John Lowman, a criminology professor at Simon Fraser University, has studied prostitution extensively. His research shows violence against prostitutes has vastly increased since the law's passage. The 27 murder charges against British Columbia pig farmer Robert Pickton are the most disturbing example. Dozens of Vancouver prostitutes remain on the RCMP's missing-persons list.

RCMP in Alberta have their own list. Project Kare was created in October 2003 to investigate the homicides and disappearances of people who lead "high-risk lifestyles" in the Prairies, Northwest Territories and Nunavut. The list dates back to the 1930s and includes 41 homicides and 31 missing-persons cases.

There is little order on the street today, police say.

Some experts estimate 80 per cent of the sex trade has moved inside, to escort agencies and massage parlors. While fewer women work on the streets compared with the 1970s, those who do are spread out across more neighbourhoods, making them more vulnerable to predators, Strachan says.

According to the Prostitution Awareness and Action Foundation of Edmonton, 19 Edmonton communities encounter street prostitution. While 118th Avenue around 95th Street is thought of as the main strip, a police sting in April showed prostitutes working the avenue between 34th and 97th Streets, on 107th Avenue between 101st and 127th Streets, on Stony Plain Road from 149th and 163rd Streets and even in one of Edmonton's most desirable and richest neighbourhoods, Glenora. Women were arrested on 124th Street, working between Jasper Avenue and 118th Avenue.


Staff Sgt. Brian Nowlan says this dispersal of prostitution is an immense problem for police. Whereas prostitutes once worked in small groups, blocks often now separate them.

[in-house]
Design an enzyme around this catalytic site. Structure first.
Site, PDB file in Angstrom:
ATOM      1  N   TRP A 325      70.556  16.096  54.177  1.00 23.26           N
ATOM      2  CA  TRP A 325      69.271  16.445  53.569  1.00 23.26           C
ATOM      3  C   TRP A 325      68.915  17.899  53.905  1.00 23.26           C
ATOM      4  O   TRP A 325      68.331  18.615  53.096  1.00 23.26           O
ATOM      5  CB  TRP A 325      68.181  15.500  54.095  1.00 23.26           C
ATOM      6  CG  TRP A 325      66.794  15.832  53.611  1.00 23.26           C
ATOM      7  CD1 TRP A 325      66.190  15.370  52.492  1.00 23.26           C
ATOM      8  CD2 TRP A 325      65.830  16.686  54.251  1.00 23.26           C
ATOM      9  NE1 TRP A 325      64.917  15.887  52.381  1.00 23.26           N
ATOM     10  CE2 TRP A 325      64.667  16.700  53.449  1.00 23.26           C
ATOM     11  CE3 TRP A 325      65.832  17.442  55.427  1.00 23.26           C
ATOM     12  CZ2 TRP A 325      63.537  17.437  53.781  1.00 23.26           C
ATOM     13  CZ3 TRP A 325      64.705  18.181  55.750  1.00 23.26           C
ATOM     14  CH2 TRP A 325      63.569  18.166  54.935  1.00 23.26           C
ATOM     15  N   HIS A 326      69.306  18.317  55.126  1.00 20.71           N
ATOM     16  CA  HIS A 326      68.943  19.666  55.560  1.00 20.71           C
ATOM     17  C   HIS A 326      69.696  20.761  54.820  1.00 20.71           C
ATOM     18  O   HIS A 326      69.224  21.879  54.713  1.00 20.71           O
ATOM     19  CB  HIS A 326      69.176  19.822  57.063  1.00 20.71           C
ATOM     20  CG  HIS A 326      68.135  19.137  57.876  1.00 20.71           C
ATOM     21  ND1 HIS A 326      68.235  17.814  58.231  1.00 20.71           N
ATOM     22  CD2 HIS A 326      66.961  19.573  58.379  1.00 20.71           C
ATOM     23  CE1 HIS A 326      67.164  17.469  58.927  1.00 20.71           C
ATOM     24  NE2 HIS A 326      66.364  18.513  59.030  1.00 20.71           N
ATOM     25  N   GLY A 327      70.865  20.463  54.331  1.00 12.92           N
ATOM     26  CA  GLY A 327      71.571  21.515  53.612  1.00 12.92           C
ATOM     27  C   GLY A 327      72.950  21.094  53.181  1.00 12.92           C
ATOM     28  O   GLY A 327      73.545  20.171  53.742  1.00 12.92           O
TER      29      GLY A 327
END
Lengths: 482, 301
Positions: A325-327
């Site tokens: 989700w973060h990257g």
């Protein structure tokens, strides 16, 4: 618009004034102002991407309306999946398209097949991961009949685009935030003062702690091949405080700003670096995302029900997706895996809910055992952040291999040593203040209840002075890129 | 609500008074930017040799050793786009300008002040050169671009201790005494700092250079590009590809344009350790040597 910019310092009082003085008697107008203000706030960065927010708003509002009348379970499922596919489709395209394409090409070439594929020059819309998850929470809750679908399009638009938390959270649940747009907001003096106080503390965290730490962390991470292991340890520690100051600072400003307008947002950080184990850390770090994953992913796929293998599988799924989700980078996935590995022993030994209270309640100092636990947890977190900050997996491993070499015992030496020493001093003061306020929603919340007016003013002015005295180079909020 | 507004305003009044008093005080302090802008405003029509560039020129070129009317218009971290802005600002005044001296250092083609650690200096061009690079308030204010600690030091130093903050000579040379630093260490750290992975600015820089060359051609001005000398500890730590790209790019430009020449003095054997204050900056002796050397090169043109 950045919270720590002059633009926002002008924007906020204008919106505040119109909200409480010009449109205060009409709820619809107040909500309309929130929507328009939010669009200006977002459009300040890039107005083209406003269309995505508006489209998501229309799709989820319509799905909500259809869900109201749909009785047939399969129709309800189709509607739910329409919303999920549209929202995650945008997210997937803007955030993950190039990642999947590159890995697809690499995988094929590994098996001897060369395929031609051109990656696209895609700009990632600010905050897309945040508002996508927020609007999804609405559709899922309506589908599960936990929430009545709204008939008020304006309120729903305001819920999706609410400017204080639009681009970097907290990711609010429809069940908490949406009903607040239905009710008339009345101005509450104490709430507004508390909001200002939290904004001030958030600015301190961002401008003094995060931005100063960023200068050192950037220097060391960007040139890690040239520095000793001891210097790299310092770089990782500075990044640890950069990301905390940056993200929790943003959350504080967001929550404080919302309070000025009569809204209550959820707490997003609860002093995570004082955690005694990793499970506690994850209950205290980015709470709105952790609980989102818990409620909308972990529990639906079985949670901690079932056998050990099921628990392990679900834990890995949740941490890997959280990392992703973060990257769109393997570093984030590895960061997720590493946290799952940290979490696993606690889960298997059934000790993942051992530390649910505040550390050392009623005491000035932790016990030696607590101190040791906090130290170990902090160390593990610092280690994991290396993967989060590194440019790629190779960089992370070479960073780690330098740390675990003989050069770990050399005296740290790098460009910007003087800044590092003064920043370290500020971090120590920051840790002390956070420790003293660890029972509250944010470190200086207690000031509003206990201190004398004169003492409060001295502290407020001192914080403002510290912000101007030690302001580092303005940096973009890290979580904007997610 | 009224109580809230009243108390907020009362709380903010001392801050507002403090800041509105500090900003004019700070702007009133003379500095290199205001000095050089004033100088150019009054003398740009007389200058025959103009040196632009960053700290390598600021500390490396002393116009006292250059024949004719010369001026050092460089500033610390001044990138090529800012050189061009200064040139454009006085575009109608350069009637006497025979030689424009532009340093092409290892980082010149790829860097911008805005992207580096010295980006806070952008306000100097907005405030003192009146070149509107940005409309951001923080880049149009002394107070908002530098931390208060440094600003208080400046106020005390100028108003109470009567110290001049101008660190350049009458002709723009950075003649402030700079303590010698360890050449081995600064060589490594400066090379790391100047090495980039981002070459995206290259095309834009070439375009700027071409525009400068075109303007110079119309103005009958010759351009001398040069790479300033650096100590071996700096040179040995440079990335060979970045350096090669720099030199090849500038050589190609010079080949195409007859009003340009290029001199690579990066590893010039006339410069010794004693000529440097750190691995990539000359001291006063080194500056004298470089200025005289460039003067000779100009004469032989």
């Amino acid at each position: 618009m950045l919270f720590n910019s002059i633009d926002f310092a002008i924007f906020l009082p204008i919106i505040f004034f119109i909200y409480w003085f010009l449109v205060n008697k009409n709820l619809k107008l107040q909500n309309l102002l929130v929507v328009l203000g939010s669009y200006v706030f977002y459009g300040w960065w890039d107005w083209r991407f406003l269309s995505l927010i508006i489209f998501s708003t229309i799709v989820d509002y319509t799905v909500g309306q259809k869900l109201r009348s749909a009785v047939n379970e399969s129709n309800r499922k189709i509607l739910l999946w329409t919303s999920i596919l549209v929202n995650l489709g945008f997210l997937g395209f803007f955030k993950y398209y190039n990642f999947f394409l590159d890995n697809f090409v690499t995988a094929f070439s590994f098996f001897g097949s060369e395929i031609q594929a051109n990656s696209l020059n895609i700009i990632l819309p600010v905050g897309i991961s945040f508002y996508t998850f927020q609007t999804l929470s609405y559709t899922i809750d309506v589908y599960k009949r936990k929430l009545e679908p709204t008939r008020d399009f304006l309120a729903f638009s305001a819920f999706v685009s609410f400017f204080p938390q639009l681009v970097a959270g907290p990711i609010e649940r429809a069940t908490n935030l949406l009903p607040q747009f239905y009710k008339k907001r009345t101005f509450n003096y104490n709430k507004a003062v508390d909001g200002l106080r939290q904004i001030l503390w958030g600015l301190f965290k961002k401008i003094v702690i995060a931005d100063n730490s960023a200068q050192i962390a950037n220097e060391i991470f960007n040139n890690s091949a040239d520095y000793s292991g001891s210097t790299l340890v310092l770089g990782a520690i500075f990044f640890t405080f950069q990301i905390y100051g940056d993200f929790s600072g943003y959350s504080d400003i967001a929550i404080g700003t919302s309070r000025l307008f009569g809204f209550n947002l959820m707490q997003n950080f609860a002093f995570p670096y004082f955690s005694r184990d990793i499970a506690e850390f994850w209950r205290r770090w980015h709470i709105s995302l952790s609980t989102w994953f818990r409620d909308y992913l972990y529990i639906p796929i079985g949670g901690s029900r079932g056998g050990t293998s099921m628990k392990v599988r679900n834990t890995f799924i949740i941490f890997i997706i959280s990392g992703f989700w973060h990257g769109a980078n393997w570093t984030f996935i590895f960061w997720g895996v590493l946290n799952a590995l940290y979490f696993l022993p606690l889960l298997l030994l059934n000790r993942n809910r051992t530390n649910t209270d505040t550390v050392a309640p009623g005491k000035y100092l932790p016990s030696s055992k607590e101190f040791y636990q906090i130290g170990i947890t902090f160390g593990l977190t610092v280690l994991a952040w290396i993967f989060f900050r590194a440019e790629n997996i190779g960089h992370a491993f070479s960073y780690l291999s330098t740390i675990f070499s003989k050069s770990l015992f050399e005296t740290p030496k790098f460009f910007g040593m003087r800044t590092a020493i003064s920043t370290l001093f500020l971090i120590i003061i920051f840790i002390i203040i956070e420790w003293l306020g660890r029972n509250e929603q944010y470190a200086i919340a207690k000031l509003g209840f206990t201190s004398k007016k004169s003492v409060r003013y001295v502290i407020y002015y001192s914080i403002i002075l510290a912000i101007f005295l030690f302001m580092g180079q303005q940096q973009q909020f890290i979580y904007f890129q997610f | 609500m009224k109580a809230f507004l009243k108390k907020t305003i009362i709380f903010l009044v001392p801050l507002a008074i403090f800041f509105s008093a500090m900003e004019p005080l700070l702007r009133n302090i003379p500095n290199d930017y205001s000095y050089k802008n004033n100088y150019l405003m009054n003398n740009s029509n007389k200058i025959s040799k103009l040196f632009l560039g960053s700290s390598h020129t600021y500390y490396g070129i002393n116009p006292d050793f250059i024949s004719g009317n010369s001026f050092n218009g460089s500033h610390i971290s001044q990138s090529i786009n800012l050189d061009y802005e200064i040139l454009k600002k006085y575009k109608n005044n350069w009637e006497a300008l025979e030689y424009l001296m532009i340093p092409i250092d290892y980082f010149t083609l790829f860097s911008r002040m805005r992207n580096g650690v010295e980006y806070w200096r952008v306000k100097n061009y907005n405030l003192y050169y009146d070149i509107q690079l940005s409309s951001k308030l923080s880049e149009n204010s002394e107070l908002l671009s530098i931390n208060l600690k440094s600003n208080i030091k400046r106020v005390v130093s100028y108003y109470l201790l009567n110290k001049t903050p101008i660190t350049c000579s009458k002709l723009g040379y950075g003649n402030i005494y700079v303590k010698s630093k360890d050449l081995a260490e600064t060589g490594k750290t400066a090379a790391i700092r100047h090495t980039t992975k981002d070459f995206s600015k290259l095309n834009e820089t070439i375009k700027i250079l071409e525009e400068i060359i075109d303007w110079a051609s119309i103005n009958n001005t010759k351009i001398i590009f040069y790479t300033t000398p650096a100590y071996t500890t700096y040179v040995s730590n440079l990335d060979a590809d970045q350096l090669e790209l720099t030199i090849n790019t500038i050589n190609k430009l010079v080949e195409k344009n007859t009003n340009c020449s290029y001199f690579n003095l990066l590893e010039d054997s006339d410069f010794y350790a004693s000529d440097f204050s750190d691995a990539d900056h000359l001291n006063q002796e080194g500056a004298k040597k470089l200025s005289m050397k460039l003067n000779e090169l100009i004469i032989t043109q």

"Back in the '70s, we had the classic stroll," Nowlan says. "We didn't receive any complaints. It was obvious for the business people working downtown, but there were no communities, no residential areas, affected by it.

"Today, it's spreading out across 118th Avenue and that's basically city-wide." Beyond the avenue and main traffic routes, it extends to adjoining streets and alleys, he says.

"That's affecting these communities. Kids come running home with used condoms in their hands, showing mom and dad. It's become a real concern.

"This generates a lot of complaints to police and we're forced to try and put more resources to combat this."


It's February, in the week Rashmi turns 18. We're driving to the group home she's staying at, for now. Not many days have passed since the funeral of her friend Samantha Berg.

The pair met in a safe house for underage prostitutes. Berg was found dead, frozen and barefoot, in an Edmonton trucking yard on Jan. 25. Edmonton police still await news from the medical examiner on the 19-year-old's suspicious death, but signs point to homicide.

Berg was a single mother, working as prostitute to feed her drug addiction. When she was convicted of breaking the communication law in Calgary last August, the judge issued her this warning: "I am telling you that you should not be tempted to get back into this business.

"If you read the newspapers or watch the television, you understand that they are finding dead prostitutes all over this province," the judge said. "So you get on with your life in a constructive way."

Berg's death wears on Rashmi. She fears being next, but has a lifetime of pain to overcome.

In the car, she begins to share memories of her childhood. Its troubles are the reason why she doesn't want her last name published.


Her parents are immigrants to Canada -- her father Somali, her mother Sri Lankan. Uncles of hers once owned the York Hotel, a shabby hangout on 96th Street and 104th Avenue. The hotel became her day care.

She talks of her dad dropping her off there when he couldn't look after her. "Some of the things I've seen there, I will never forget. Why would you bring your daughter there?"